Notably, the National Conference, the PDP and other mainstream parties have welcomed the notification of the Supreme Court to hear petitions challenging abrogation of Article 370. The NC Vice President Omar Abdullah welcomed the move and said his party was looking forward to the hearings beginning in right earnest now. But the very next day, while addressing his workers in the Ganderbal district of Central Kashmir, Omar reiterated that National Conference pinned no hopes on the present dispensation in Delhi to return the special status to the people of Jammu and Kashmir. This kind of flip-flop in the statements regarding Article 370 points at the weak ground the political leaders hold after the central government’s changes in the Union Territory of Jammu and Kashmir.

Talking to Kashmir Central, the National Conference spokesperson Sarah Hayat Shah has said, “The withdrawal of petition by Shah Faesal would not bear any impact on the tens of petitions submitted by the NC and other groups”. She maintains that her party will fight the legal battle in the Supreme Court and they are confident that their case is strong to be pleaded. She adds, “Only the Supreme Court has the power to reverse the changes made in 2019. The BJP is scared after the abrogation of Article 370 as they are aware that the people in Jammu, Kashmir and Ladakh are not happy with the degradation of the state into a UT; that’s why they are running away from elections in Jammu and Kashmir”.

People’s Democratic Party leader Naeem Akhtar, while welcoming the top court’s move, says, “We have been waiting for this day for the last four years. We were disempowered and disenfranchised. The only hope we have is from the judiciary of this country”.

While political parties heave a sigh of relief and hope after the notification of hearing by the Supreme Court, people, however, have minimal hopes of restoration of Article 370. Sahir Husain, a Political Science scholar in Srinagar, while talking to Kashmir Central, maintains that the Home Minister has promised the return of statehood to Jammu and Kashmir in the Parliament. But the Article 370 abrogation was the agenda of the BJP ever since the party took birth in the country. He adds: “The political parties in Kashmir have stopped talking about Article 370 as they have realised that their politics lacks statesmanship and commitment. Most of these parties are either banking on statehood or Assembly elections. Legally, many of these mainstream parties had filed petitions in the Supreme Court but as far I understand, they have realised their bleak chances of winning the Article back as was evident after the statement of Shah Faesal yesterday. We must bear in mind that Faesal had started a mega political venture in Kashmir prior to the annulment of Article 370 but has shunted away from the legacy he earned in his short stint”.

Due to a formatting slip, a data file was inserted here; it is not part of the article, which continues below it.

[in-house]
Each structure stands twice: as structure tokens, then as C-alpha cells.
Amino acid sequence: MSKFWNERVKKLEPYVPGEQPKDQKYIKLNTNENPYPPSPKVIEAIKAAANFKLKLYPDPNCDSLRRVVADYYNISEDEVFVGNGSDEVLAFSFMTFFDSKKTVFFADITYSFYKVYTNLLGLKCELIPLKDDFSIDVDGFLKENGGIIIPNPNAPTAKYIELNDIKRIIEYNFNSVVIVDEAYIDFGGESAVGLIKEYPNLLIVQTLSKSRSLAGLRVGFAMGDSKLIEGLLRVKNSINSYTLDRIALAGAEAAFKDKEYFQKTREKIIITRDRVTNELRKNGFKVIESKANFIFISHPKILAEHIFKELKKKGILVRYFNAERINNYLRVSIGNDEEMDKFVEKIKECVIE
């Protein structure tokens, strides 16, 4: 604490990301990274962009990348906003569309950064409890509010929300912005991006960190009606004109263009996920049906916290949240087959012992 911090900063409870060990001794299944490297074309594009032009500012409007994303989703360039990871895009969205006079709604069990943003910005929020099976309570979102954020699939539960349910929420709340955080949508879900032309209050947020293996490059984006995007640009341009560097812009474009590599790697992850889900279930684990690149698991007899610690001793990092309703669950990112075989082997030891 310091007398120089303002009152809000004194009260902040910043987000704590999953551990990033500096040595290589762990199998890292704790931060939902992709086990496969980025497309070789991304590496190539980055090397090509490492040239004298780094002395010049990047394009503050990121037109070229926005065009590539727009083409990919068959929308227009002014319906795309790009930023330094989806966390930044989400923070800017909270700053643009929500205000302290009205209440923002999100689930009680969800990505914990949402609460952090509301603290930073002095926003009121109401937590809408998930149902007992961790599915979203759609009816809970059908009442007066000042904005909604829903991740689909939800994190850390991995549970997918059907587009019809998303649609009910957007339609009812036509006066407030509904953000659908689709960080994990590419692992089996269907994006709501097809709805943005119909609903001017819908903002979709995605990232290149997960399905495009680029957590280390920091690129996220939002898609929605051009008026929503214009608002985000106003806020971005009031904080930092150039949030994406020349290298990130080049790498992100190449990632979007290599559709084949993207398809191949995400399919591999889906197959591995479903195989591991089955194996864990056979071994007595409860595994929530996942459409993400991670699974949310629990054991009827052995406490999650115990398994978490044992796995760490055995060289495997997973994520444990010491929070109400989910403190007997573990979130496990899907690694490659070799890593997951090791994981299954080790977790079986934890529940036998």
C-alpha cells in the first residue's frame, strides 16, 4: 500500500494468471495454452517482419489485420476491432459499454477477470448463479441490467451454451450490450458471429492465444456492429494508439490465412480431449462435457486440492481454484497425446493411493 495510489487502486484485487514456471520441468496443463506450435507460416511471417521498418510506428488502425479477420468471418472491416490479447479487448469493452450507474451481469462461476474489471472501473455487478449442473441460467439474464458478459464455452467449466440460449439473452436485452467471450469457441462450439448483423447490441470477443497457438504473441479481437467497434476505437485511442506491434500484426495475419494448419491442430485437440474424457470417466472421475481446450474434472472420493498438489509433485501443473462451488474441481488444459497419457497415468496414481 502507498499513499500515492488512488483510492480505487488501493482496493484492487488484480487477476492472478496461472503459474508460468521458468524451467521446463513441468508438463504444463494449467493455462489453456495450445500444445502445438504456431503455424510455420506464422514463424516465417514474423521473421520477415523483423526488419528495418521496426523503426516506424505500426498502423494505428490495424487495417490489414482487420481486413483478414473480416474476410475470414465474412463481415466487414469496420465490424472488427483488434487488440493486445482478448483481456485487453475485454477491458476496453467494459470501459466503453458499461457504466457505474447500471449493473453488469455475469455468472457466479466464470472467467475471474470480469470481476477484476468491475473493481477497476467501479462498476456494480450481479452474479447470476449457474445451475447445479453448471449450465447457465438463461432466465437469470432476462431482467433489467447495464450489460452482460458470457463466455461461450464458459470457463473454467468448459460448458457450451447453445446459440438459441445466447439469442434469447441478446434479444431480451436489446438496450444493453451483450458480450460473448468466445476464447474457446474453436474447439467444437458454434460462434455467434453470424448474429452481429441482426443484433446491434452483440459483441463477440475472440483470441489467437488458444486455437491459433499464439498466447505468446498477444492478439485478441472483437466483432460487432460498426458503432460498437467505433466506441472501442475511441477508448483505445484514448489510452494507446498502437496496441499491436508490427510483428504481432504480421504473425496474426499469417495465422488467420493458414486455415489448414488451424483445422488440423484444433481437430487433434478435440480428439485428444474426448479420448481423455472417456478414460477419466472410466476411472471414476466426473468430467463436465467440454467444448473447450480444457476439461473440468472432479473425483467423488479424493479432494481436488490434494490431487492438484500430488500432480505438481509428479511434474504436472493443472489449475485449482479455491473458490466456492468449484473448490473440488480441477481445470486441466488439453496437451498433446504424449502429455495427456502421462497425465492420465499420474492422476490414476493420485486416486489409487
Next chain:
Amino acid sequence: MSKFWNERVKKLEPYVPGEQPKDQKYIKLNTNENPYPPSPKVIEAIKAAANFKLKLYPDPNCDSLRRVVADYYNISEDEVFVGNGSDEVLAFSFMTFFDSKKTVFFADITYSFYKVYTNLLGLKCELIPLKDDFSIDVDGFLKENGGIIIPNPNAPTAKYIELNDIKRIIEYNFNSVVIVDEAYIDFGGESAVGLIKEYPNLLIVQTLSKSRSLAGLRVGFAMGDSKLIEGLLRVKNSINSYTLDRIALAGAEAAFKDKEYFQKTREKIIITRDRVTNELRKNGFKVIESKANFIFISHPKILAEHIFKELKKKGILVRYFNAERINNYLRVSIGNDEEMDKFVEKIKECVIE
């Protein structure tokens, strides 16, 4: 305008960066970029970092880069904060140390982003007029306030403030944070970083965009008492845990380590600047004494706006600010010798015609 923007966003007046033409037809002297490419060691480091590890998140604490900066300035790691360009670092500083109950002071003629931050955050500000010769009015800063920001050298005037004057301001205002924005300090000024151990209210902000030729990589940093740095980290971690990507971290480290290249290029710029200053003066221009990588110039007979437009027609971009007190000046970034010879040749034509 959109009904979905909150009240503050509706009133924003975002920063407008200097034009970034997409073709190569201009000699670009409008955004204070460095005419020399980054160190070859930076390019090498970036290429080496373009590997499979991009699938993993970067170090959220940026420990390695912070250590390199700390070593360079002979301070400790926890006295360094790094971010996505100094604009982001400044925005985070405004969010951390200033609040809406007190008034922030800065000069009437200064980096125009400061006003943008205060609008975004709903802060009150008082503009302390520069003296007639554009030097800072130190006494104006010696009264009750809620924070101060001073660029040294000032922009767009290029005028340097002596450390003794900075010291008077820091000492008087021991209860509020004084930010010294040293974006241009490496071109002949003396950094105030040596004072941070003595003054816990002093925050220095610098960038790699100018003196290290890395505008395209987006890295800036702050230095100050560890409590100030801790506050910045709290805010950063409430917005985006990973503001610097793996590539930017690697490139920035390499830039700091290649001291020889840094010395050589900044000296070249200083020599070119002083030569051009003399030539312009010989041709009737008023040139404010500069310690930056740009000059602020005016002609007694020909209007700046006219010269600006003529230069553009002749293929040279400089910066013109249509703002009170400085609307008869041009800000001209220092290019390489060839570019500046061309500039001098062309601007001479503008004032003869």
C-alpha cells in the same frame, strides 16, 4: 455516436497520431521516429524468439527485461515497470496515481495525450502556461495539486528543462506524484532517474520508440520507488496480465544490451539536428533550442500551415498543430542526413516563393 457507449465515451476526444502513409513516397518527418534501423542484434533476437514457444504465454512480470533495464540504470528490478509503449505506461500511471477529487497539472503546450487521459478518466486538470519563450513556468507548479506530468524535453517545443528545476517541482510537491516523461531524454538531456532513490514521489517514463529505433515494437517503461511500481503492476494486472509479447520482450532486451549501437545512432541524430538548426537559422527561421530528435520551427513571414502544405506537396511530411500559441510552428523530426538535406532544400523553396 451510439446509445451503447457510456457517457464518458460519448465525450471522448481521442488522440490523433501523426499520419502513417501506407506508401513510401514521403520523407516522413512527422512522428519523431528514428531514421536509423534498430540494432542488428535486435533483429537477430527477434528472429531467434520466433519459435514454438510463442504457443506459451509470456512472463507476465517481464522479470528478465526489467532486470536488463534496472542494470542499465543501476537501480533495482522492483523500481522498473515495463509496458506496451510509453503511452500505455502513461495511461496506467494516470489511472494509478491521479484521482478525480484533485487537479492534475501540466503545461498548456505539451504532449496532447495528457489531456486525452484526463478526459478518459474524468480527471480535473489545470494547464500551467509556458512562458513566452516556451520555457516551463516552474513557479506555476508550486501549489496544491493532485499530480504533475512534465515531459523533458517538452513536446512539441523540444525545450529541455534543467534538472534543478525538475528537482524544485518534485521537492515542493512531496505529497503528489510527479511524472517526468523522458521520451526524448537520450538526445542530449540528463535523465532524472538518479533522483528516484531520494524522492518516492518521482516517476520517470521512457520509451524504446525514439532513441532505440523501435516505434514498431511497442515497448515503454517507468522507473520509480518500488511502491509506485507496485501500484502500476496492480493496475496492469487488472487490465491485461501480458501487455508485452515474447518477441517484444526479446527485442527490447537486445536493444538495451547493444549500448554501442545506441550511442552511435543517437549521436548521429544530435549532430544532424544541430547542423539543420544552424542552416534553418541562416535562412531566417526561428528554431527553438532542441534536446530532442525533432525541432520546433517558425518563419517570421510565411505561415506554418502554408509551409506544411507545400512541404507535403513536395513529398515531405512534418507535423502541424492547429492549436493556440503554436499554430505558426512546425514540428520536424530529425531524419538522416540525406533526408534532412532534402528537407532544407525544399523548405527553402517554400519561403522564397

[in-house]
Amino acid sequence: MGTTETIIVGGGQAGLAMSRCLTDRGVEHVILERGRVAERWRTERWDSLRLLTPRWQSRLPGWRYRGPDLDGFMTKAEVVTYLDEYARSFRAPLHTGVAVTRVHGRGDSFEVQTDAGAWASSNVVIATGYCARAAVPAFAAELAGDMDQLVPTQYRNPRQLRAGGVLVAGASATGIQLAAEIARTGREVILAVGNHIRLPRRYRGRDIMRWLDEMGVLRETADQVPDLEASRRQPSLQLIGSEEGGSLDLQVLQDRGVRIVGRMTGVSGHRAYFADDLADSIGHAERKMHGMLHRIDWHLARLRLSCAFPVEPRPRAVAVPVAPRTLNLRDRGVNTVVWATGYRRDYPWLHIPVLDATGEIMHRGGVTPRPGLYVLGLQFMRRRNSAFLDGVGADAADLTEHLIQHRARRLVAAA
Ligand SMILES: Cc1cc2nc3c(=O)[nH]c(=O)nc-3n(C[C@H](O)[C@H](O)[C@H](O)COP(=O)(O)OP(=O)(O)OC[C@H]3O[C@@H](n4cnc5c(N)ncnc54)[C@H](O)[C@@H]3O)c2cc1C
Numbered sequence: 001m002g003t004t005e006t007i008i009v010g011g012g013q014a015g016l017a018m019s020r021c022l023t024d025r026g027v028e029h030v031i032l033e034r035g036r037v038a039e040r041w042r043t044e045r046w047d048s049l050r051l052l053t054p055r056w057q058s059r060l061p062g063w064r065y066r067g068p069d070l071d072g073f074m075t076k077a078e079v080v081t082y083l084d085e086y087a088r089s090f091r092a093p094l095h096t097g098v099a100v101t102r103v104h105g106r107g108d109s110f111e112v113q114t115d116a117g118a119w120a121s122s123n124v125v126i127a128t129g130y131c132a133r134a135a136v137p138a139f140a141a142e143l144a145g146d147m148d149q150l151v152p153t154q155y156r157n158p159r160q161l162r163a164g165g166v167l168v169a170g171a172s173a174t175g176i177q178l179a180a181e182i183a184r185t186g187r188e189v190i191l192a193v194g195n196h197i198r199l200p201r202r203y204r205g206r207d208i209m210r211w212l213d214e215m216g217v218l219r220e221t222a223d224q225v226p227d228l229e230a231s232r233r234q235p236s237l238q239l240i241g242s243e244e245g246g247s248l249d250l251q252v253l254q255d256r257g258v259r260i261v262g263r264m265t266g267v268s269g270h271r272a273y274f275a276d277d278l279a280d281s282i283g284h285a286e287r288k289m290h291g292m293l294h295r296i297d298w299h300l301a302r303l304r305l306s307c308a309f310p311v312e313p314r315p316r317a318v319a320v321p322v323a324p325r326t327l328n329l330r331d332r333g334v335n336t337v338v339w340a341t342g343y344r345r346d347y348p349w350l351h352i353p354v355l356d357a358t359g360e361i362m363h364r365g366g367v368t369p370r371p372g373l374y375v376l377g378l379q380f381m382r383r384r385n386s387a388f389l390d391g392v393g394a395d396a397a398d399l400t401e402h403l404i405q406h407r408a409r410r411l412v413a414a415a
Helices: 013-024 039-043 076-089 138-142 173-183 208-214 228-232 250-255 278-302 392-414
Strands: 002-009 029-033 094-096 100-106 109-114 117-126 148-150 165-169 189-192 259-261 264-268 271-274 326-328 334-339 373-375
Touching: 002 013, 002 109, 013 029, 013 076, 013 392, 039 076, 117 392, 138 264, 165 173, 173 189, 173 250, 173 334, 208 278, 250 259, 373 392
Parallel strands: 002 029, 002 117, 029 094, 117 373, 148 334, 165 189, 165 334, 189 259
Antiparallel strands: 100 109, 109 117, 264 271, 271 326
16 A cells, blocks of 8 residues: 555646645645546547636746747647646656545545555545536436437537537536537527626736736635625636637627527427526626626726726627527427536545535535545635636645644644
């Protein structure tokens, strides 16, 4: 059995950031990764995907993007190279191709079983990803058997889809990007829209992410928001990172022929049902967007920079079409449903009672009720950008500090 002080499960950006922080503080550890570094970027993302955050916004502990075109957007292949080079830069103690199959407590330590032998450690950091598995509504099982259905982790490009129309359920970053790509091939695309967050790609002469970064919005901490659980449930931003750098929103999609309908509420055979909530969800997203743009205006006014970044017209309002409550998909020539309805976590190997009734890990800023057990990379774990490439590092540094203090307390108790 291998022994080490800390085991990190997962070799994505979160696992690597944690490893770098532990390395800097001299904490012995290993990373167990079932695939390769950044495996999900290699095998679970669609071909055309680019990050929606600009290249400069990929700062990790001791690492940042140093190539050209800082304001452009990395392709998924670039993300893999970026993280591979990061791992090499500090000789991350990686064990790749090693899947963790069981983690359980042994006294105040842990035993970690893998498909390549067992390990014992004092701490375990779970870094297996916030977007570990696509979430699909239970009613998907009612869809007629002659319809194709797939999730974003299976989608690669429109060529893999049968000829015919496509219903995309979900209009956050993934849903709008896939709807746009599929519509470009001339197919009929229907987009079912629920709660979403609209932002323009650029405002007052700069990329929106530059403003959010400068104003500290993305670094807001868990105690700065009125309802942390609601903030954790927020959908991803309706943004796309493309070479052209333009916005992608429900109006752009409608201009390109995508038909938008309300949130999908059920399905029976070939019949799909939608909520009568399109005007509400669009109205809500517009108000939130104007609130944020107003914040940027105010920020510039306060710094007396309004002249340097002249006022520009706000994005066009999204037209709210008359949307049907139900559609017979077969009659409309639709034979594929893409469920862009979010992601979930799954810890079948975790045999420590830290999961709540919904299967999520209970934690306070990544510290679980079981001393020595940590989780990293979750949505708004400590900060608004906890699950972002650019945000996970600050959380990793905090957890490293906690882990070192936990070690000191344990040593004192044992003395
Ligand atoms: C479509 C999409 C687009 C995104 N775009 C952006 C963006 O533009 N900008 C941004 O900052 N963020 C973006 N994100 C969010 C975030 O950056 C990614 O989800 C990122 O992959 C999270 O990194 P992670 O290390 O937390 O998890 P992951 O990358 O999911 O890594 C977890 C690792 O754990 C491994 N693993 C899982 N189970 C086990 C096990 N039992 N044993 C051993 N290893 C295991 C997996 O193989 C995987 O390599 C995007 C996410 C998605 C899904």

Pertinently, Shah Faesal started his political party in Jammu and Kashmir in March 2019 after resigning from the IAS and articulated the intention to safeguard the special provisions of Jammu and Kashmir. Later, post August 2019, he parted ways from his party and desired to join the Civil Services back and was inducted by the central government.

The fate of Article 370 hangs in the Supreme Court but much water has flown under the bridge, as was reiterated by the Home Minister during his recent visit to Jammu and Kashmir, that the abrogation of Article 370 opened the floodgates of development and contained corruption and separatism in the Union Territory of Jammu and Kashmir.

Well, mainstream politicians in Jammu and Kashmir are aware about their weak locus standi but they would not like to miss an opportunity to give it a last try in the top court of the country.